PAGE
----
One of the things I read most days as a companion to my Bible reading is the Christian history highlights for the day. Key events and people in the history of the Christian church are emphasized along with the year that key event happened.
On this day, November 30, in 1554, Mary Tudor, daughter of Henry VIII, and who had recently been crowned Queen of England, restores the country to Roman Catholicism. Mary Tudor was known as “Bloody Mary” because she burned at the stake 300 Protestants, followers of the gospel of Jesus Christ espoused by Luther and Calvin and others. Some of those included in the Reformation’s cloud of witnesses are Thomas Cranmer, High Latimer and Nicholas Ridley. In addition to these martyrs, under Bloody Mary’s reign, 400 died due to imprisonment and starvation.
From our vantage point, when we think of the Reformation we often focus on the rediscovery of the gospel of Jesus Christ, justification by faith, the five solas – sola gratia (by grace alone), sola fidei (by faith alone), solus Christus (through Christ alone), sola Scriptura (by Scripture alone), soli Deo gloria (glory to God alone), the priesthood of the believer, among other vital truths. One aspect we often neglect or overlook is the cost of proclaiming the gospel and professing justification by faith alone. Many gave their lives for these truths.
As I prepared for our upcoming Theology Conference on “Reformation 500: Theology and Legacy – Reformation, Protestantism, Evangelicalism and the EFCA,” I pondered this cost and considered having a lecture focusing on it. In many places around the world, many brothers and sisters in the Lord are professing faith in Christ alone at the cost of their lives. These contemporary expressions of faith, the ultimate sacrifice given of one’s life have connections back to the Reformation, and the Reformation’s legacy continues forward to today in the martyrdom of faithful witnesses.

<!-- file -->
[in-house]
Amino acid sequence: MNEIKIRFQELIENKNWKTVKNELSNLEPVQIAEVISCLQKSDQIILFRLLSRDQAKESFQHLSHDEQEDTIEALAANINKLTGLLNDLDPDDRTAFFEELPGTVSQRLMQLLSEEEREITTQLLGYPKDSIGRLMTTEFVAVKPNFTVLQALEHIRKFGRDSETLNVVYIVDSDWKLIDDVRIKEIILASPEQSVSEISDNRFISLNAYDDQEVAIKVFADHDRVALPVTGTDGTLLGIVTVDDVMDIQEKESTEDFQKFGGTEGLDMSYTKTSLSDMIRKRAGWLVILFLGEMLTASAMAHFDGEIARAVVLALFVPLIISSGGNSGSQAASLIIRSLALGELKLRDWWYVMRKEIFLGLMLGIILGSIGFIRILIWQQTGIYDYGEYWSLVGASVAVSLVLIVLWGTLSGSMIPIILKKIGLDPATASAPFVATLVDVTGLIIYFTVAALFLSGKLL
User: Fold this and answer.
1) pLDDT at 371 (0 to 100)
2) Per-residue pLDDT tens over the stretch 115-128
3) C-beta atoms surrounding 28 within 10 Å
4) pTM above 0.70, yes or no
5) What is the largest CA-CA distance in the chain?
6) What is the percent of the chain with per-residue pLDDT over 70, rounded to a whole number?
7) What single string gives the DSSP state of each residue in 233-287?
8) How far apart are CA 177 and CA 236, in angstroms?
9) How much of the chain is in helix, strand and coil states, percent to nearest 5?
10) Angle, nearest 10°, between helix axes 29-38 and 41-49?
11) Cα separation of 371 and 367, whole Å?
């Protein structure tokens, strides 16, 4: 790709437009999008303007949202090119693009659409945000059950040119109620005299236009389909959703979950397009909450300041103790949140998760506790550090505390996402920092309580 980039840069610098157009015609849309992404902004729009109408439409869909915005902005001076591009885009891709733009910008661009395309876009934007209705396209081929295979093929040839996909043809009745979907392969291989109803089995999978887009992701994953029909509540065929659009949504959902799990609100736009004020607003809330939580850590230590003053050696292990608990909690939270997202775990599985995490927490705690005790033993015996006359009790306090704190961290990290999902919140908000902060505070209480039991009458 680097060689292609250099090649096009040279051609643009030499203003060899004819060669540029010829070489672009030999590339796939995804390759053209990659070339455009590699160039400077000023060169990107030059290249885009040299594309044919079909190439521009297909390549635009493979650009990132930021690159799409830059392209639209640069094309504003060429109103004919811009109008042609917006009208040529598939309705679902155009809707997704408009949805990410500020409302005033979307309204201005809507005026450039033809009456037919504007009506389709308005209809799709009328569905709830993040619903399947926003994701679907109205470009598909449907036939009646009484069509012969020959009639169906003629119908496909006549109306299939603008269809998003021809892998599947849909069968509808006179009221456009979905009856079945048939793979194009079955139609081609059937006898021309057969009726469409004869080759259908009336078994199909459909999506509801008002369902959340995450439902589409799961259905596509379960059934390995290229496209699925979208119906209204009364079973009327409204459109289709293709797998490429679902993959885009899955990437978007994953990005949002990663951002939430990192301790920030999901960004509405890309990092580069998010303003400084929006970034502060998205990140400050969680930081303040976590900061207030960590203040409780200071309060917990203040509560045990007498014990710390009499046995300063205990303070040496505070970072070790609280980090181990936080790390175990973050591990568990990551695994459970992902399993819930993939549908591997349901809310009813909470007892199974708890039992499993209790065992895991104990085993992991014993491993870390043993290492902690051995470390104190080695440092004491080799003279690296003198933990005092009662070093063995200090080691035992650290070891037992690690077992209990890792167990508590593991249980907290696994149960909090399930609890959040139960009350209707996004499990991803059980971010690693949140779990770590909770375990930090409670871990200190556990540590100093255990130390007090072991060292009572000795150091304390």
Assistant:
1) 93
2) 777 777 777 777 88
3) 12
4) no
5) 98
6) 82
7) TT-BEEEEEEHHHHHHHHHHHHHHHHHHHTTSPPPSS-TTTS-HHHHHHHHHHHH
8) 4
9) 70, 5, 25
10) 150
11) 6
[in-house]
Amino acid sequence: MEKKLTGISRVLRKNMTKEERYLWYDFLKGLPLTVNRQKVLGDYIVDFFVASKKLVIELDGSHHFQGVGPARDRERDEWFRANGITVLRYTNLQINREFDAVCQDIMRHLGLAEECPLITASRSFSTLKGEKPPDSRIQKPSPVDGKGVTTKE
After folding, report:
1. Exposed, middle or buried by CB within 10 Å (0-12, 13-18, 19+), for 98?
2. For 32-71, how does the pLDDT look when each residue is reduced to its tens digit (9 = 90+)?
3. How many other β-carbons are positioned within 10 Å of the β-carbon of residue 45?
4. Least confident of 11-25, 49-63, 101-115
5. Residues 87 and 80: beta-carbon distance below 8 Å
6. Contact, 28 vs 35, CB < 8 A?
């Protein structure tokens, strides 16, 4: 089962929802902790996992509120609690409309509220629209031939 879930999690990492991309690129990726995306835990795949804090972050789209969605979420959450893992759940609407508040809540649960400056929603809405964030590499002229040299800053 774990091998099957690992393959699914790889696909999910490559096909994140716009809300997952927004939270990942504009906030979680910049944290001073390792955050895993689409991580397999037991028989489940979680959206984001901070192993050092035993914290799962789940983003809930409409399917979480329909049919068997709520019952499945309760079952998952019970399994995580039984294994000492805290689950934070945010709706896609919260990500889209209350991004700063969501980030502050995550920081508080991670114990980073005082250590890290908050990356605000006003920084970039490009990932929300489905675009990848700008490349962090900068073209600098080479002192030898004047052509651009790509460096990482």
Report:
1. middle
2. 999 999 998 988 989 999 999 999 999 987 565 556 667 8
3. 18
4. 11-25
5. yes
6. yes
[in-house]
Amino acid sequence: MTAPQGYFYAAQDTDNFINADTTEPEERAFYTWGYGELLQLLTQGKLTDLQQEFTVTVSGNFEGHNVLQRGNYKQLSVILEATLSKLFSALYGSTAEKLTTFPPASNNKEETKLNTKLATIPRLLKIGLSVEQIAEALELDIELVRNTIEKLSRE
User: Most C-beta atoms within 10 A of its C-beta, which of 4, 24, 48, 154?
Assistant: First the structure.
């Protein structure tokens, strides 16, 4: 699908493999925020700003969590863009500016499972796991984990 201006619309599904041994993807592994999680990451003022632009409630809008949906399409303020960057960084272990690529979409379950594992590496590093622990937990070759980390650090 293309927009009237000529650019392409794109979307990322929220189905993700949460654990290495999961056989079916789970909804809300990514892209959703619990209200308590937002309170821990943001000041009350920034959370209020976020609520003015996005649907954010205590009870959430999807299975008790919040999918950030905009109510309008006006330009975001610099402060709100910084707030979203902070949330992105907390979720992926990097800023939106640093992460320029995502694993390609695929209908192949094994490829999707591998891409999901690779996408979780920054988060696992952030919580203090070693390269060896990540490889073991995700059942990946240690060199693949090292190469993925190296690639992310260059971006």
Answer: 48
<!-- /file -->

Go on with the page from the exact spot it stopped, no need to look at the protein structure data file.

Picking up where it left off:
Although this will not be one of our lectures at our upcoming Conference, had our scheduled allowed another lecture this is one I would have planned.
Reformation, the Global Church and Martyrdom
In 1521 Luther was called to the Diet of Worms to recant his teachings contained in his writings. He did not. This resulted in an Edict against Luther claiming he was a heretic. He escaped and remained in seclusion at the Wartburg castle. In Luther’s case, this did not ultimately lead to his death.
This cannot be said for the numbers of others subsequent to Luther who affirmed and embraced the teaching of the gospel, who refused to recant, renounce or deny the teaching, and were martyred for it. What do we learn from this? The Reformation marked the divide in the Western Church into the Roman Catholic and Protestant, or more accurately, Evangelical. It was among these groups martyrdoms were happening.
Today is a different day, such that there certainly remain the internecine debates, even among Evangelicals, but that does not rise to this level. Is there something to learn from the unshakable faith of the Reformers and post-Reformers that they were willing to die for the gospel of Jesus Christ? There certainly is. Although we face a different cultural context than the Reformation, the contemporary application would be to what is happening among some believers in Islamic countries who are giving their lives for the sake of the gospel of Jesus Christ and who refuse to renounce their faith in Christ. This, then, also connects the Reformation and us to the global church.
Although significantly different than the experience of many in the global church, this also reflects a cost of confessing and professing faith in Christ alone and his claims on our lives in our own contemporary Western culture. We are tempted to remain silent to avoid the backlash, scorn and ridicule, and in some cases litigation, from those espousing the new cultural and moral narrative, that of tolerance and the autonomous self. We want to avoid the judgement and condemnation of being a “cultural heretic.” But we do so at the cost of not contending and defending “the faith that was once for all delivered to the saints” (Jude 3), with the result being we are “ashamed of me and of my words in this adulterous and sinful generation (Mk. 8:38; cf. Lk. 9:26).
What do we learn from the Reformers and post-Reformers about the cost of confessing Christ? For what would we give our lives today?
We are excited for this excellent Theology Conference. Not only are we addressing the Reformation, a timely and important theme in conjunction with the 500th anniversary of Luther posting the 95 Theses, but we have some of the foremost scholars addressing the various themes/topics of the Conference.